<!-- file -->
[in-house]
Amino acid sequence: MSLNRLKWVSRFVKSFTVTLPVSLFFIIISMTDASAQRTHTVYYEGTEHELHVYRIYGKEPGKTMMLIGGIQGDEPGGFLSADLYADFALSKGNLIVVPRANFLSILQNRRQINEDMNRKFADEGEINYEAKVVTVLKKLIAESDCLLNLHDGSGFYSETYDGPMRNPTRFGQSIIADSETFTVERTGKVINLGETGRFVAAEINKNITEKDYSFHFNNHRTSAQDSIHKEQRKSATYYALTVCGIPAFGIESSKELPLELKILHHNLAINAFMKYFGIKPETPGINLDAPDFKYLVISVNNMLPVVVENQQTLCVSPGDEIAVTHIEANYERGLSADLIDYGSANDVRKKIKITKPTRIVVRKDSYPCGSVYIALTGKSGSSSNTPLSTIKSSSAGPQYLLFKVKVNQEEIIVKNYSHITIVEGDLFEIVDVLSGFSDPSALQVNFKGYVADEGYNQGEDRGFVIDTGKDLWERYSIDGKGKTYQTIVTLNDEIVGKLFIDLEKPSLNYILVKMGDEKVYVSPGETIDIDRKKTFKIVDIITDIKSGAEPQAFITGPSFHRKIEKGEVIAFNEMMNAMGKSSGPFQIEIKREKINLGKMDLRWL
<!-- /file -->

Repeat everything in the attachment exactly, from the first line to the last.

[in-house]
Amino acid sequence: MSLNRLKWVSRFVKSFTVTLPVSLFFIIISMTDASAQRTHTVYYEGTEHELHVYRIYGKEPGKTMMLIGGIQGDEPGGFLSADLYADFALSKGNLIVVPRANFLSILQNRRQINEDMNRKFADEGEINYEAKVVTVLKKLIAESDCLLNLHDGSGFYSETYDGPMRNPTRFGQSIIADSETFTVERTGKVINLGETGRFVAAEINKNITEKDYSFHFNNHRTSAQDSIHKEQRKSATYYALTVCGIPAFGIESSKELPLELKILHHNLAINAFMKYFGIKPETPGINLDAPDFKYLVISVNNMLPVVVENQQTLCVSPGDEIAVTHIEANYERGLSADLIDYGSANDVRKKIKITKPTRIVVRKDSYPCGSVYIALTGKSGSSSNTPLSTIKSSSAGPQYLLFKVKVNQEEIIVKNYSHITIVEGDLFEIVDVLSGFSDPSALQVNFKGYVADEGYNQGEDRGFVIDTGKDLWERYSIDGKGKTYQTIVTLNDEIVGKLFIDLEKPSLNYILVKMGDEKVYVSPGETIDIDRKKTFKIVDIITDIKSGAEPQAFITGPSFHRKIEKGEVIAFNEMMNAMGKSSGPFQIEIKREKINLGKMDLRWL